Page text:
High Court Agrees to Hear Indecency Case

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The Supreme Court will decide whether it is indecent when some foul-mouthed celebrity drops the "F-word" on live television, stepping into its first major broadcast indecency case in 30 years.

The high court said Monday it will hear arguments in a case over whether the government can ban "fleeting expletives," one-time uses of familiar but profane words.

The case grew out of decision by the Federal Communications Commission in 2006 that two broadcasts of the "Billboard Music Awards" show were indecent, though the agency levied no fines. Cher uttered one fleeting expletive beginning with "F" and Nicole Richie uttered a variation of the same word and another one beginning with "S."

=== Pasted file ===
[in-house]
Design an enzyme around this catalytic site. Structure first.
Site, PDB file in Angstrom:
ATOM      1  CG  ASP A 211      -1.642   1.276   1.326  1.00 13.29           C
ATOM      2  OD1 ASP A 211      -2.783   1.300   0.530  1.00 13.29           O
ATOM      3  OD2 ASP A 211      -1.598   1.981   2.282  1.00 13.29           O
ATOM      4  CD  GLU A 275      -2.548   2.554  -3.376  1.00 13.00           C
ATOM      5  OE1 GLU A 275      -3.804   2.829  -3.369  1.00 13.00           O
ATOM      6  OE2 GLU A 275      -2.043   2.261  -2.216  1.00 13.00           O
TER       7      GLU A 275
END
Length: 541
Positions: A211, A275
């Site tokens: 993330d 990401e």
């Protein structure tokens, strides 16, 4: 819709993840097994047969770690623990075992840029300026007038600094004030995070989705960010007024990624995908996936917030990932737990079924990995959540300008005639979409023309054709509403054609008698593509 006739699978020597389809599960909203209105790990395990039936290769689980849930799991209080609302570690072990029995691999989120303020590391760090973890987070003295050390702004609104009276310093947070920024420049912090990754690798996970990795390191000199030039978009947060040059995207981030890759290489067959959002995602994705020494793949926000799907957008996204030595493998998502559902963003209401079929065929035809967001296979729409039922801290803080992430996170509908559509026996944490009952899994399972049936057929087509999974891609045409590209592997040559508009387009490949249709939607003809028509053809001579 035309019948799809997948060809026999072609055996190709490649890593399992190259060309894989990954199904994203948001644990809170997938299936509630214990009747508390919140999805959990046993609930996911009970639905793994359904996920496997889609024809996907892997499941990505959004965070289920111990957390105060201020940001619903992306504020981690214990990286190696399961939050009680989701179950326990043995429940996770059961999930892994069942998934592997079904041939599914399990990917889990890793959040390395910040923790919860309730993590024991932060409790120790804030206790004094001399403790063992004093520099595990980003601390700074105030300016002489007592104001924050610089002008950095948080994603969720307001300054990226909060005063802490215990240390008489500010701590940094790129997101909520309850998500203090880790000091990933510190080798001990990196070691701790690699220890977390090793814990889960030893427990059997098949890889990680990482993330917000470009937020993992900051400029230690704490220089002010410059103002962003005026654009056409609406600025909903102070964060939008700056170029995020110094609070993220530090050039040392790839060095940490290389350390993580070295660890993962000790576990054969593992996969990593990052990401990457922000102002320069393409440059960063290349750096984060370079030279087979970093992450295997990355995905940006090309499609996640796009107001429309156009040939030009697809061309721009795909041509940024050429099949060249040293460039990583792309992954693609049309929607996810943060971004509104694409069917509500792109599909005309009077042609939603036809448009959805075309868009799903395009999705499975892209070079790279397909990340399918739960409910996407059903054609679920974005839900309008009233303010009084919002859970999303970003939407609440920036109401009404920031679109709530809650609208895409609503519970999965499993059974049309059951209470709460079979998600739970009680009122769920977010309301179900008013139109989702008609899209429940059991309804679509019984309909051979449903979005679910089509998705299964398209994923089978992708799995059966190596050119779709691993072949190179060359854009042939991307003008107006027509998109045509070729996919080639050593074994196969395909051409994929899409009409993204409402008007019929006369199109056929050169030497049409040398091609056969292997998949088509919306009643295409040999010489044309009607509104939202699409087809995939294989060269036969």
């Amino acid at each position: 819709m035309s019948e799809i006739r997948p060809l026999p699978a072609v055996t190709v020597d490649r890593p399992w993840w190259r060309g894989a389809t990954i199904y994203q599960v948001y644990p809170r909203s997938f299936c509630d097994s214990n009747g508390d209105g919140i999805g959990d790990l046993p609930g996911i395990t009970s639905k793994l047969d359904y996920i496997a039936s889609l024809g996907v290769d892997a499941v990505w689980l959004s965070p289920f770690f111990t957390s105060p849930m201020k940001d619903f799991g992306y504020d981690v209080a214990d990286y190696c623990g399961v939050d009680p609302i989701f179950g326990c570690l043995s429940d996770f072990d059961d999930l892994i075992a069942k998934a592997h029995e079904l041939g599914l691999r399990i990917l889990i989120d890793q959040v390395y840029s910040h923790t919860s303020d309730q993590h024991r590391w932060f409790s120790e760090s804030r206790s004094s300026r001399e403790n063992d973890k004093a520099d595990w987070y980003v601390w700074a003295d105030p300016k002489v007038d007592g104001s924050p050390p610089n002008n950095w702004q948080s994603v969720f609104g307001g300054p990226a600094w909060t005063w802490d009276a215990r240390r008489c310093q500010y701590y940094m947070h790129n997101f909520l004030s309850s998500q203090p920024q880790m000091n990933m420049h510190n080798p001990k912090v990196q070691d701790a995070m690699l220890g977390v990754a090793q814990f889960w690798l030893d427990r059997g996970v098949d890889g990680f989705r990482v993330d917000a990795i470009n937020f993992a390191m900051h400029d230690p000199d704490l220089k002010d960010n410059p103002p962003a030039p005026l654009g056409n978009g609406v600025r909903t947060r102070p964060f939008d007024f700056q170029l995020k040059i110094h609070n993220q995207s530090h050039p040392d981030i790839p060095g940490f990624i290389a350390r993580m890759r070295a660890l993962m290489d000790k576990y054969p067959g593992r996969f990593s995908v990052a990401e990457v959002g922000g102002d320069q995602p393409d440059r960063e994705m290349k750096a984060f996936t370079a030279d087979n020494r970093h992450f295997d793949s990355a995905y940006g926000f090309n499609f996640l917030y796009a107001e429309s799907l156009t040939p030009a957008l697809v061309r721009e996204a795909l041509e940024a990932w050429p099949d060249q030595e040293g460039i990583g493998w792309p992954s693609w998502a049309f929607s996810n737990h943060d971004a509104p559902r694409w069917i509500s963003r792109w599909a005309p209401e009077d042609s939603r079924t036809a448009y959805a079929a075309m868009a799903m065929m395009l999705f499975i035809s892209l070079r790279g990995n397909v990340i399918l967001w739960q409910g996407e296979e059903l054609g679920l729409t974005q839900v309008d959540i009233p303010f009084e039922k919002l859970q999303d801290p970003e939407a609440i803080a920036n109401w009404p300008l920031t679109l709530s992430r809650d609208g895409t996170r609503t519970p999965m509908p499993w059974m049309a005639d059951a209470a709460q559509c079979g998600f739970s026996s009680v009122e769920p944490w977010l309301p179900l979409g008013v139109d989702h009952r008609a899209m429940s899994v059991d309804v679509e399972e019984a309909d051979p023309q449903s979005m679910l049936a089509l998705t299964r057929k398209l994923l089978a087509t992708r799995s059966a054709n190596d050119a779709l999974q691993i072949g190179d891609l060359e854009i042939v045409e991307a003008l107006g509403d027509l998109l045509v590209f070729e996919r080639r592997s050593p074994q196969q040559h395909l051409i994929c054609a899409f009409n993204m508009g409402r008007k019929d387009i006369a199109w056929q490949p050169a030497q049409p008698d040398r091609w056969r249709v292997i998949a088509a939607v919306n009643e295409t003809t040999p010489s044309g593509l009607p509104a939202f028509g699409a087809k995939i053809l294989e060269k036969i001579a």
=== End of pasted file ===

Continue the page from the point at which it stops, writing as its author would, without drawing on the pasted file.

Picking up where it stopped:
Fox Broadcasting Co. and others appealed the decision, saying that the agency had changed its enforcement policy without warning and that the new ban was unconstitutional.

A federal appeals court in New York agreed, 2-1, throwing out the ban and sending the case back to the agency, which appealed to the Supreme Court.

FCC Chairman Kevin Martin told The Associated Press Monday that he was pleased the justices are stepping in. He said the appeals court had "put the commission in an untenable position" by giving it the responsibility to enforce indecency rules but not the tools to take action.

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